Mode of inheritance

None of the families reported a history of consanguinity. Pedigrees of the 48 families are represented in Fig. 1 and familial clustering in Fig. 2. A total of 128 cases of CDP were identified, of whom 60 were affected girls and 68 affected boys. The male to female ratio for the probands was 2.4:1. It was 1:1.37 for the first degree relatives.
Fig. 1

48 families with delayed puberty. Pedigrees exhibiting exclusively maternal inheritance are 1–11 (girls) and 15–28 (boys). Pedigrees exhibiting exclusively paternal inheritance are 12 (girls) and 29–40 (boys). Families showing both maternal and paternal inheritance are 13, 14 (girls) and 41–48 (boys). Solid squares represent affected male individuals and solid circles represent affected female individuals. The probands are indicated by an arrow in each case

Fig. 2

Familial clustering patterns of CDP in 14 girls probands and 34 boys probands

Of the 48 probands, 46 (96 %, 14 girls and 32 boys) had at least one affected 1st degree relatives and 2 (4 %, cases 27 and 28) had only 2nd degree relatives affected. There was no family in whom only siblings were affected.

In the girls, 11 families (79 %) exhibited exclusive maternal inheritance, 1 (7 %) paternal inheritance and 2 (14 %) presented both maternal and paternal inheritance. In the boys, 14 families (41 %) exhibited exclusive maternal inheritance, 12 (35 %) paternal inheritance and 8 (24 %) presented both maternal and paternal inheritance.

Of the 36 unilineal families, CDP was verified in three generations in only 3 of the patients (families 11, 26 and 28).

In the boys with bilineal inheritance, the ages at onset of puberty (Fig. 3) and at evaluation were higher than in those with unilineal inheritance, but the difference was not significant (Table 2). They had similar plasma testosterone concentrations suggesting that these differences are not due to a difference in their pubertal development stages.
Fig. 3

Boys with familial delayed puberty (n = 34): distribution of the ages at onset of puberty according to the unilineal or bilineal inheritance

Table 2

Comparison of boys with familial constitutional delay of puberty according to the type (unilineal bilineal) of inheritance

 

Unilineal inheritance (n = 26)

Bilineal inheritance (n = 8)

p

 

n

m ± SD

n

m ± SD

 

Age at onset, years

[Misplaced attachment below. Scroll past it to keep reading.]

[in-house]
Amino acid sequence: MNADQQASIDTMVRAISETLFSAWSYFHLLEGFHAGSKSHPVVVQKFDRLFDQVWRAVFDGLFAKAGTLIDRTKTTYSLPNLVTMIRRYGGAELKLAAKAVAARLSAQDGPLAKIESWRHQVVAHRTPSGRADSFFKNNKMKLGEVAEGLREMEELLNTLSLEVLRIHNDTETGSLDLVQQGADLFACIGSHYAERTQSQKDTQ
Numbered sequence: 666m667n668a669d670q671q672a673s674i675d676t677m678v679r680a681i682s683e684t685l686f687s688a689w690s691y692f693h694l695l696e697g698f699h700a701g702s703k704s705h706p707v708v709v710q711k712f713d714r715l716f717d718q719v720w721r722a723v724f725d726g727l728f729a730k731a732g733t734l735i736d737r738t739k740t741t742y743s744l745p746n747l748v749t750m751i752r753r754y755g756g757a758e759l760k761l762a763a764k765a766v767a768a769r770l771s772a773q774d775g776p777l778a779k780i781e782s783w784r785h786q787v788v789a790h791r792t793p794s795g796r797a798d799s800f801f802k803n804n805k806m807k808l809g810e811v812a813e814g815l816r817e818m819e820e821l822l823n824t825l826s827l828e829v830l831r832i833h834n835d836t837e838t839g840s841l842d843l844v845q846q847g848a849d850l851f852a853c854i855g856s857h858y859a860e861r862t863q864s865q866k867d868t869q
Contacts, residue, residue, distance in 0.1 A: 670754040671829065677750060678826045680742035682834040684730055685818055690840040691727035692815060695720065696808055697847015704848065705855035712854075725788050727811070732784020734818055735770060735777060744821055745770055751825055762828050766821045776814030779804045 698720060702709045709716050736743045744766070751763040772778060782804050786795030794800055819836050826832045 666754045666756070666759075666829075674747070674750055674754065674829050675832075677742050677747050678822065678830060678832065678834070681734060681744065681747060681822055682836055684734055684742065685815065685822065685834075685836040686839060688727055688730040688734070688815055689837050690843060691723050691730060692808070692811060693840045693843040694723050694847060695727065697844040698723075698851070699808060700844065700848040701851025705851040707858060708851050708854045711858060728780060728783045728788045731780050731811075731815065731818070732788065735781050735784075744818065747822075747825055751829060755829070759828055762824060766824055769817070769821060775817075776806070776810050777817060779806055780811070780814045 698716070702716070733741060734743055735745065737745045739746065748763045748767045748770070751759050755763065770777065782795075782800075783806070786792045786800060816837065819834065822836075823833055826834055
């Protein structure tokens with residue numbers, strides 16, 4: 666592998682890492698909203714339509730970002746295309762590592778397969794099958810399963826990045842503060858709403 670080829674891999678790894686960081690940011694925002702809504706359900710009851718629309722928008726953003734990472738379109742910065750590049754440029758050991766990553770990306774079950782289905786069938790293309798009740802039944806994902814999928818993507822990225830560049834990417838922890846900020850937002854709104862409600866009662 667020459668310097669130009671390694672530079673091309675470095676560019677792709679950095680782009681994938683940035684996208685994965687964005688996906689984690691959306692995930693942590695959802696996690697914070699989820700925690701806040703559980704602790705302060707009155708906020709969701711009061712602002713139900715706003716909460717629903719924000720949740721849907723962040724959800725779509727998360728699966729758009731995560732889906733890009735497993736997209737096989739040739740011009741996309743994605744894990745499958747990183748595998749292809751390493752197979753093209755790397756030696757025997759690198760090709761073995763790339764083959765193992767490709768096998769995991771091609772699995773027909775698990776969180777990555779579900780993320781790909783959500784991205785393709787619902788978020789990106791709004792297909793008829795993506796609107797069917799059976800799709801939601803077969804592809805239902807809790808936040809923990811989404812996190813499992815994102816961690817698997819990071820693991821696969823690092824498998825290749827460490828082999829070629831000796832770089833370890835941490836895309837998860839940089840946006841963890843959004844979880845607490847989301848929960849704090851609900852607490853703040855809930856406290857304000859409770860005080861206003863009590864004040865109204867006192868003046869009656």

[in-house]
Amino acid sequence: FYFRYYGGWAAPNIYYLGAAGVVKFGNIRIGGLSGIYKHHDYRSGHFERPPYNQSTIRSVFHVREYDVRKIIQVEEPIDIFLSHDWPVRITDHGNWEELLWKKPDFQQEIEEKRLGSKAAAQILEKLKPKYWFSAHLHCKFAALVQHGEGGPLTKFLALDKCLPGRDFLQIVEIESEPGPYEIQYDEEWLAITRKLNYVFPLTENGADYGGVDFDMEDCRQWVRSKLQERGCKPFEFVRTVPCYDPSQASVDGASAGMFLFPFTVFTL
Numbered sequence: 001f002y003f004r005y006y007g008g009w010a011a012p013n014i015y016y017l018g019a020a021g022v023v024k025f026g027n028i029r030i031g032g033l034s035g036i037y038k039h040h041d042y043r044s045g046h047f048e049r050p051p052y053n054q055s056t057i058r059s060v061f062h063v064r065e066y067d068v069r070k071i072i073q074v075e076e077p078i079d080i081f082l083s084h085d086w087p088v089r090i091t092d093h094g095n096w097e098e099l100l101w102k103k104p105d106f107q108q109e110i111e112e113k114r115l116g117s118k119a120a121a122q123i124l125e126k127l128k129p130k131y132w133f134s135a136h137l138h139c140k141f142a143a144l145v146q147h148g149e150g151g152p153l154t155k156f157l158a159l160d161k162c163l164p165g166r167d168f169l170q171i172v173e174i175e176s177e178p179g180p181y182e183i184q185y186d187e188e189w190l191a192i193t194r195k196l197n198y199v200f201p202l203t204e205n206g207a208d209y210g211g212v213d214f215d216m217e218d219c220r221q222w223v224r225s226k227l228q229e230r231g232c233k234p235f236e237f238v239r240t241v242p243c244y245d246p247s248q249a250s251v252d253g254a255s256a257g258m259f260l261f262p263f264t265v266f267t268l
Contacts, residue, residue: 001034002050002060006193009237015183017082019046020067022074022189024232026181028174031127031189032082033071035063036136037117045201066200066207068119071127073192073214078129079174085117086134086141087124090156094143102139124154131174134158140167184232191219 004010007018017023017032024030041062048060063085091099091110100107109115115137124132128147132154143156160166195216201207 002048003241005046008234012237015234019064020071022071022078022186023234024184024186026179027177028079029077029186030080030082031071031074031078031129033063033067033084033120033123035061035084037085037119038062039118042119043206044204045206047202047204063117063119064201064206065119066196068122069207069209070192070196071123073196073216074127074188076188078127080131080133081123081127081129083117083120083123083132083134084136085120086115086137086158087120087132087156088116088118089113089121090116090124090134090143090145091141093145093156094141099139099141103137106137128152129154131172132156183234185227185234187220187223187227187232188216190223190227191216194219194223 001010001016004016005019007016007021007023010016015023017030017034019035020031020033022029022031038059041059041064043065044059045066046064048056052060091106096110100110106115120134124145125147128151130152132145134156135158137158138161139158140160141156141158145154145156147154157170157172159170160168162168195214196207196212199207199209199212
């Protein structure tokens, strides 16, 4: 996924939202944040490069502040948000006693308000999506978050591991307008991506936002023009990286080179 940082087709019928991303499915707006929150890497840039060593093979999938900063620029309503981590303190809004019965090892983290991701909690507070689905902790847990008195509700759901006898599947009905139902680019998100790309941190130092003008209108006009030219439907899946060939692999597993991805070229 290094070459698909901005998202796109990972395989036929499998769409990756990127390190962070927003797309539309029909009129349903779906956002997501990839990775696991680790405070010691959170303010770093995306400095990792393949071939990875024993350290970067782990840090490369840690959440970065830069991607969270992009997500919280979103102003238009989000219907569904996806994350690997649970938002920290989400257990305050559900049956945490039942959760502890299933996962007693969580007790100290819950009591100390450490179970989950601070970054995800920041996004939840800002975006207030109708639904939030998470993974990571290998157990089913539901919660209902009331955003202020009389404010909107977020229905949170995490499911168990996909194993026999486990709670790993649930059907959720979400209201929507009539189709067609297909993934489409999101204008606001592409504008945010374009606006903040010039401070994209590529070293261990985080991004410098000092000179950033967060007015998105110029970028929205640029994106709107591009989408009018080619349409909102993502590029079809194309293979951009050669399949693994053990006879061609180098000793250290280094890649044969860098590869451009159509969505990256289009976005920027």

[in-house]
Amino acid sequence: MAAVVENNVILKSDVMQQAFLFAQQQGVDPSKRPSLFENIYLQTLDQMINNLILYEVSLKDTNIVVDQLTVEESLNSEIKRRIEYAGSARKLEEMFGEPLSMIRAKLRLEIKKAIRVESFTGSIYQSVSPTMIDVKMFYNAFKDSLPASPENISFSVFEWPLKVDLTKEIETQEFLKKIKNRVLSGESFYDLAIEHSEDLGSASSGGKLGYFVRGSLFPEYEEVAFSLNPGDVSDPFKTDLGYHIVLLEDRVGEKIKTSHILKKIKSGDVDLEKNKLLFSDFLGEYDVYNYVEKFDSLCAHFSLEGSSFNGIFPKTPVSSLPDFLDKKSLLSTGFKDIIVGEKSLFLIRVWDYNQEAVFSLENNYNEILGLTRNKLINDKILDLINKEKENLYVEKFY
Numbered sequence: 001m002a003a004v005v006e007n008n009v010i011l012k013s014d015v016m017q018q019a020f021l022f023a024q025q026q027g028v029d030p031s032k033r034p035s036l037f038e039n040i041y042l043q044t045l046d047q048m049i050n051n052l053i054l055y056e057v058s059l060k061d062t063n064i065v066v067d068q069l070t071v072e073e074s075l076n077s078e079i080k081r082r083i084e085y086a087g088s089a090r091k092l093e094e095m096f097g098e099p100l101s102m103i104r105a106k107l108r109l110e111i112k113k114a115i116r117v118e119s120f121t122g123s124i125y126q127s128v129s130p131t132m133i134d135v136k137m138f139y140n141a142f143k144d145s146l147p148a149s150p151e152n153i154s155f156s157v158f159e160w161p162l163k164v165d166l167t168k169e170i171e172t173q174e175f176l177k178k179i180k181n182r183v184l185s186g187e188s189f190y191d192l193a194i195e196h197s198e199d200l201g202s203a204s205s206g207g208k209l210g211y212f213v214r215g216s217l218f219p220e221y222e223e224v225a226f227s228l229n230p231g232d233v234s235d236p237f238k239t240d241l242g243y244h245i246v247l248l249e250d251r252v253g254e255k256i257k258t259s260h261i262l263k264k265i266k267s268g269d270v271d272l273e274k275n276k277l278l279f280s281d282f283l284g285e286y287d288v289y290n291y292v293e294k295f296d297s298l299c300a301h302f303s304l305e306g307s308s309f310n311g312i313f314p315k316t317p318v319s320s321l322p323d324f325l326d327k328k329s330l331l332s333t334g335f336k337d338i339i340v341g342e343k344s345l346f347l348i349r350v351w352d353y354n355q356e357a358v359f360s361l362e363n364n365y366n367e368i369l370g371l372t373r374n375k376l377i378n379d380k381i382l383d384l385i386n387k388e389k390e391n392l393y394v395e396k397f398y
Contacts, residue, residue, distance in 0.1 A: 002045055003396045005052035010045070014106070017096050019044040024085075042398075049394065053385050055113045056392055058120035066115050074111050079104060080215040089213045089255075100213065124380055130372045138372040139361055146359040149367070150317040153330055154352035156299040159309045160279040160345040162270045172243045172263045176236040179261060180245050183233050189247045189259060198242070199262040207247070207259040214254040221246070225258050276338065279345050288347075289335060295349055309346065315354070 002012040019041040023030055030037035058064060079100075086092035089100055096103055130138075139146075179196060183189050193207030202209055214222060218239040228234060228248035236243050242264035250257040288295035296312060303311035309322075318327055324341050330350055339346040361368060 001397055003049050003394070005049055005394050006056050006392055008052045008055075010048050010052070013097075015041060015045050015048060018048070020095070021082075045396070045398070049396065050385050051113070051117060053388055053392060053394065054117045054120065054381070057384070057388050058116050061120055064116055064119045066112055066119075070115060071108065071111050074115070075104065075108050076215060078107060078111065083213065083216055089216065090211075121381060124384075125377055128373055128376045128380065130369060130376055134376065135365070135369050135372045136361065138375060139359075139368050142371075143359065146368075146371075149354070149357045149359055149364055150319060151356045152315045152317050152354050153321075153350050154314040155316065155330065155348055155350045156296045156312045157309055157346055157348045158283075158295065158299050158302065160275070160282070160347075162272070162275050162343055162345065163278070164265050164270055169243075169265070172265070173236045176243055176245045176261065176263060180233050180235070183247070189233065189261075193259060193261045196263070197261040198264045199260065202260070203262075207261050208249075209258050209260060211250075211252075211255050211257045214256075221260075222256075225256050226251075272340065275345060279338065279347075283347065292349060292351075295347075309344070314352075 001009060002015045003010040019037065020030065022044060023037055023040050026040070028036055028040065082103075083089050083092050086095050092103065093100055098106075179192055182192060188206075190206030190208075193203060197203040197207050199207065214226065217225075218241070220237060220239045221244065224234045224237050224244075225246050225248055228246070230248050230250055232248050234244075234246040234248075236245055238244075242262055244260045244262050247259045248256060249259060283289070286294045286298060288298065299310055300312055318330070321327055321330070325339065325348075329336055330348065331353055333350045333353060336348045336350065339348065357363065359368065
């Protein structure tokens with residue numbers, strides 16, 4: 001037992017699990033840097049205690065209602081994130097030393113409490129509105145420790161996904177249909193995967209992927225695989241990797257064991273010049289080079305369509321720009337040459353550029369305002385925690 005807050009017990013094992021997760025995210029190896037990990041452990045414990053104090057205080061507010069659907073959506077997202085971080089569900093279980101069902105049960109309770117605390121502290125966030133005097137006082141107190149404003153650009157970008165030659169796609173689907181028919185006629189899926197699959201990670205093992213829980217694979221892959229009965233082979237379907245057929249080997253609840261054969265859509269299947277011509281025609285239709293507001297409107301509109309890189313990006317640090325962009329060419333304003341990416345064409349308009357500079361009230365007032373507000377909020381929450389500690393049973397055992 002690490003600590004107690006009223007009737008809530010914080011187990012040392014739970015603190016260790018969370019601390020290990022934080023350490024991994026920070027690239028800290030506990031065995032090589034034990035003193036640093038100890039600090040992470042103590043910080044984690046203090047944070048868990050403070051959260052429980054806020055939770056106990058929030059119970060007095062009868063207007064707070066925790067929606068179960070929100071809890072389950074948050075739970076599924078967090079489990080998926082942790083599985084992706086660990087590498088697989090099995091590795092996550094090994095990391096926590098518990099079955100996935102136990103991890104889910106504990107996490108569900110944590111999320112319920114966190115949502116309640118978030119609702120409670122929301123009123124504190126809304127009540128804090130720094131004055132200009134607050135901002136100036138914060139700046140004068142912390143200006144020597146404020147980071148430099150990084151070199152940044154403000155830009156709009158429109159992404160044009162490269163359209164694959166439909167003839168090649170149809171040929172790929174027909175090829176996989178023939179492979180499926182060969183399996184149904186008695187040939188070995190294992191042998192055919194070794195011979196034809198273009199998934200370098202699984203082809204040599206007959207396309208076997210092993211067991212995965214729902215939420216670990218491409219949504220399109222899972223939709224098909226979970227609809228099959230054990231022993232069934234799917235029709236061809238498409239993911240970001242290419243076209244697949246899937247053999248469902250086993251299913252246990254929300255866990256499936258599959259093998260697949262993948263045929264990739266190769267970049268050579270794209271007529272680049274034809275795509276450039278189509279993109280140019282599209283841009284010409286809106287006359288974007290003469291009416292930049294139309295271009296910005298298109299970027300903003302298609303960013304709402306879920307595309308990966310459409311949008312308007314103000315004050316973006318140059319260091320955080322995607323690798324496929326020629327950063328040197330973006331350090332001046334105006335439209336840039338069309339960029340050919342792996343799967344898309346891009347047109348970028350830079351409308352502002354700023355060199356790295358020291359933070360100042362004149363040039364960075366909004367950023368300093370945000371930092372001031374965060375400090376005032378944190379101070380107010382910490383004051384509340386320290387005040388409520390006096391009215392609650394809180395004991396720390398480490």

22

15.25 ± 0.35

7

16 ± 1.41

0.06

Age at evaluation, years

26

15.1 ± 0.42

8

16.05 ± 2.47

0.12

Testosterone, ng/mL

22

0.38 ± 0.35

6

0.32 ± 0.4

0.31

Discussion

The results of this study suggest that despite various inheritance patterns among the pedigrees, there is evidence of autosomal dominant inheritance in CDP, with either complete or incomplete penetrance. In girls exclusive maternal inheritance seems to be the major mode of inheritance whereas for boys the mode of inheritance was almost equally maternal, paternal or bilineal. The results also suggest a more severe phenotype for boys with bilineal inheritance, but the difference did not reach statistical significance perhaps because of the small sample size.

Previous data, such as studies of twins, suggested that genetic factors account for 50–80 % of all variations in pubertal timing [4, 20]. Two extended studies addressed the segregation of CDP in families [7, 8] and showed an inheritance pattern compatible with autosomal dominant inheritance with complete or incomplete penetrance. Our study confirms this hypothesis and is the first to present all of the pedigrees included. We deliberately chose to include only familial CDP and no sporadic CDP, contrary to the previous studies, to focus on the mode of inheritance. Reproducing all of the pedigrees highlighted that 11/12 girls with CDP with unilineal inheritance had a mother who also had late puberty, while Wehkalampi et al. [7] reported a proportion of 5/12. We found no explanation for this discrepancy. The greater age at menstruation in the girls’ mothers than the boys’ mothers is probably linked to this quasi exclusive transmission by the mothers of the girls. Families with only siblings affected were rare: none in our series and 2 % in that reported by Wehkalampi et al. [7].